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Tiny 3D Printed Rocket Thruster Could Democratize Nanosatellites

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A study out of MIT shows the first proof of concept for a 3D printed electrospray rocket thruster, built to help nanosatellites navigate orbit. Not only is the new thruster more fuel-efficient than existing electrospray models, but its lower production cost could also make nanosatellites far less expensive to build and launch.

Nanosatellites are the lightweights of the satellite world, weighing in at 1-10 kg . The CubeSat, one of the most popular nanosatellites today, is the size of a Rubik’s Cube and weighs only 1 kg. Most of these satellites are launched aboard larger rockets, but they still need thrusters to correct their orbit once they get into space.

The CubeSat, a typical nanosatellite, is well-loved by research and education teams for its relatively-low cost (Image via the Canadian Space Agency).

The prototype showcased in the study is about the size of a dime, and puts out thrust on the order of micronewtons. It is an electrospray thruster, meaning it uses ionic liquid to generate a current of charged particles. Electrospray thrusters have two important parts: an emitting electrode that sends out the particles, and an extractor electrode that triggers it.

The researcher team made two different prototype emitters. The first one was made by binder-jetting corrosion-resistant stainless steel, and fabricated by Belgian company i.materialise. The second was vat-polymerized using FTD-IB resin and an Asiga digital light projection printer. Notably, while the industry standard for smaller thrusters is lengthy subtractive manufacturing techniques like laser machining, the current prototype was made simply with standard commercial printing services.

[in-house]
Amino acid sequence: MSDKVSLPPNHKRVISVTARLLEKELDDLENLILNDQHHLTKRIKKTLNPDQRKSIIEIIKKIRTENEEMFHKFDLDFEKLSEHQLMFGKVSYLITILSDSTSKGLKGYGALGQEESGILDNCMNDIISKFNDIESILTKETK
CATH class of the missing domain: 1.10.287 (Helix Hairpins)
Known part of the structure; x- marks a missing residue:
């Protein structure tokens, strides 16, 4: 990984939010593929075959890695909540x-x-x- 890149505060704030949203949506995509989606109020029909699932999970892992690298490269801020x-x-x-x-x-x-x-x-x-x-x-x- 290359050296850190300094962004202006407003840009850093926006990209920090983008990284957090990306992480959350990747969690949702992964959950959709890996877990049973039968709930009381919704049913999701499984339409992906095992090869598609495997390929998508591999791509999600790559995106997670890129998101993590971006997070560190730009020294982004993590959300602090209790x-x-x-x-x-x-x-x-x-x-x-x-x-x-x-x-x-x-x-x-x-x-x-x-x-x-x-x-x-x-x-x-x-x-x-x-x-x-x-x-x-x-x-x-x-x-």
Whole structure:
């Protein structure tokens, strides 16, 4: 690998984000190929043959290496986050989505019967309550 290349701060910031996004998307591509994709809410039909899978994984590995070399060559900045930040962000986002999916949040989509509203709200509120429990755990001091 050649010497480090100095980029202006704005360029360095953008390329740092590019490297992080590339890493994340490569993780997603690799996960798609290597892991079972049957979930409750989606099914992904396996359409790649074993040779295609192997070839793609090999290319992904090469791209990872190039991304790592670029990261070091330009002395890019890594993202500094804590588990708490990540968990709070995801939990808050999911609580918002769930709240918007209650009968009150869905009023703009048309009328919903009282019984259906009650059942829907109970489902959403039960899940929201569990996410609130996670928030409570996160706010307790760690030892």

The prototype rocket thruster, only the size of a dime, is tiny but mighty (Image via Additive Manufacturing).

One benefit for the researchers was a quicker turnaround on the parts. Lead researcher Luis Fernando Velásquez-García said that the 3D printing process allows researchers to make designs “exquisitely iterated,” building off the results of one round of testing to improve features and explore coincidences. One such coincidence for the team was realizing that their thruster created a pure ion jet, the first from an electrospray thruster. Normally, the ions of an electrospray jet are mixed with neutral molecules. But this prototype sent out a pure ionic stream, meaning it used the propellant more efficiently. Velásquez-García believes the zinc oxide nanowires may be “the secret sauce,” and plans to test further.

Another benefit, to both the researchers and the nanosatellite-makers of the future, is the lower cost. The team who developed the CubeSat back in 1999 were specifically interested in giving university teams an affordable way to get hands-on experience exploring the stars. And with the increased role of 3D printing in launching rockets, researchers hope that the price of a ticket into space could go down even further.

“3D printing technology is … constantly improving, potentially making it possible to implement in the near future even better systems that have smaller features and are made of better materials,” said Tomasz Grzebyk, a microsystems professor quoted in MIT’s press release on the study. “We are on track to producing the best possible hardware that a lot more people can afford.”

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